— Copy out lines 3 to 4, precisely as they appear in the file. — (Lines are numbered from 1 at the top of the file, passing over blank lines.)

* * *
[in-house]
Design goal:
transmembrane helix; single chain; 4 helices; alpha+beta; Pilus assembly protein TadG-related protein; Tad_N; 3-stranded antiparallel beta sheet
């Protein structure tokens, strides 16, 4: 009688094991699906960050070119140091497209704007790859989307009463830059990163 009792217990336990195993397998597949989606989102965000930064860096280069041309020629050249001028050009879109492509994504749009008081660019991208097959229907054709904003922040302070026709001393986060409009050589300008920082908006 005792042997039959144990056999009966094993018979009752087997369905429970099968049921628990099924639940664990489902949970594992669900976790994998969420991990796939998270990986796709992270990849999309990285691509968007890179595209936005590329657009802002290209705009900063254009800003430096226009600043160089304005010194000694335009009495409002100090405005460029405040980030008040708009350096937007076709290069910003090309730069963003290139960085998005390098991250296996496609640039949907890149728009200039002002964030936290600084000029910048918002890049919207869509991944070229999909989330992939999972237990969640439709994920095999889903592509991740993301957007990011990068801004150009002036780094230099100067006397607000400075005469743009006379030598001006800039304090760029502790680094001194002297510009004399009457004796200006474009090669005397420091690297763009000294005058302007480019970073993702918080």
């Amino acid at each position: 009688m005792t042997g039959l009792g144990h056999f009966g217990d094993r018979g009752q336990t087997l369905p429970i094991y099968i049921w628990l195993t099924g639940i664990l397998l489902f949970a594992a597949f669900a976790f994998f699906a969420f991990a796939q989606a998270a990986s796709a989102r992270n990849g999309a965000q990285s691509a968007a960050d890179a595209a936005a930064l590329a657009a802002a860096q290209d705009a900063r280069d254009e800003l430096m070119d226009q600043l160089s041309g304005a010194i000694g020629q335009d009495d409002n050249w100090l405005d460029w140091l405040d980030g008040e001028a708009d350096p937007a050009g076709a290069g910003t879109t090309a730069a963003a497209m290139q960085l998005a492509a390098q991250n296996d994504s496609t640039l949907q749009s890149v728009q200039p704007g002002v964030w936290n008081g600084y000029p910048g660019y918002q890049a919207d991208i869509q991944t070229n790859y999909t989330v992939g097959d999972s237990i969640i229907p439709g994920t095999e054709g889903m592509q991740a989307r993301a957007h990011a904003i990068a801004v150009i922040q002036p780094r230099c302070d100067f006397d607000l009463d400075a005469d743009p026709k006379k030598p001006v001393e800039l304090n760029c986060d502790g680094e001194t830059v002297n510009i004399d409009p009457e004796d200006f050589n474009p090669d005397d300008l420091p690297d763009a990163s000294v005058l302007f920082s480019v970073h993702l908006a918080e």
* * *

transmembrane helix; single chain; 4 helices; alpha+beta; Pilus assembly protein TadG-related protein; Tad_N; 3-stranded antiparallel beta sheet
């Protein structure tokens, strides 16, 4: 009688094991699906960050070119140091497209704007790859989307009463830059990163 009792217990336990195993397998597949989606989102965000930064860096280069041309020629050249001028050009879109492509994504749009008081660019991208097959229907054709904003922040302070026709001393986060409009050589300008920082908006 005792042997039959144990056999009966094993018979009752087997369905429970099968049921628990099924639940664990489902949970594992669900976790994998969420991990796939998270990986796709992270990849999309990285691509968007890179595209936005590329657009802002290209705009900063254009800003430096226009600043160089304005010194000694335009009495409002100090405005460029405040980030008040708009350096937007076709290069910003090309730069963003290139960085998005390098991250296996496609640039949907890149728009200039002002964030936290600084000029910048918002890049919207869509991944070229999909989330992939999972237990969640439709994920095999889903592509991740993301957007990011990068801004150009002036780094230099100067006397607000400075005469743009006379030598001006800039304090760029502790680094001194002297510009004399009457004796200006474009090669005397420091690297763009000294005058302007480019970073993702918080």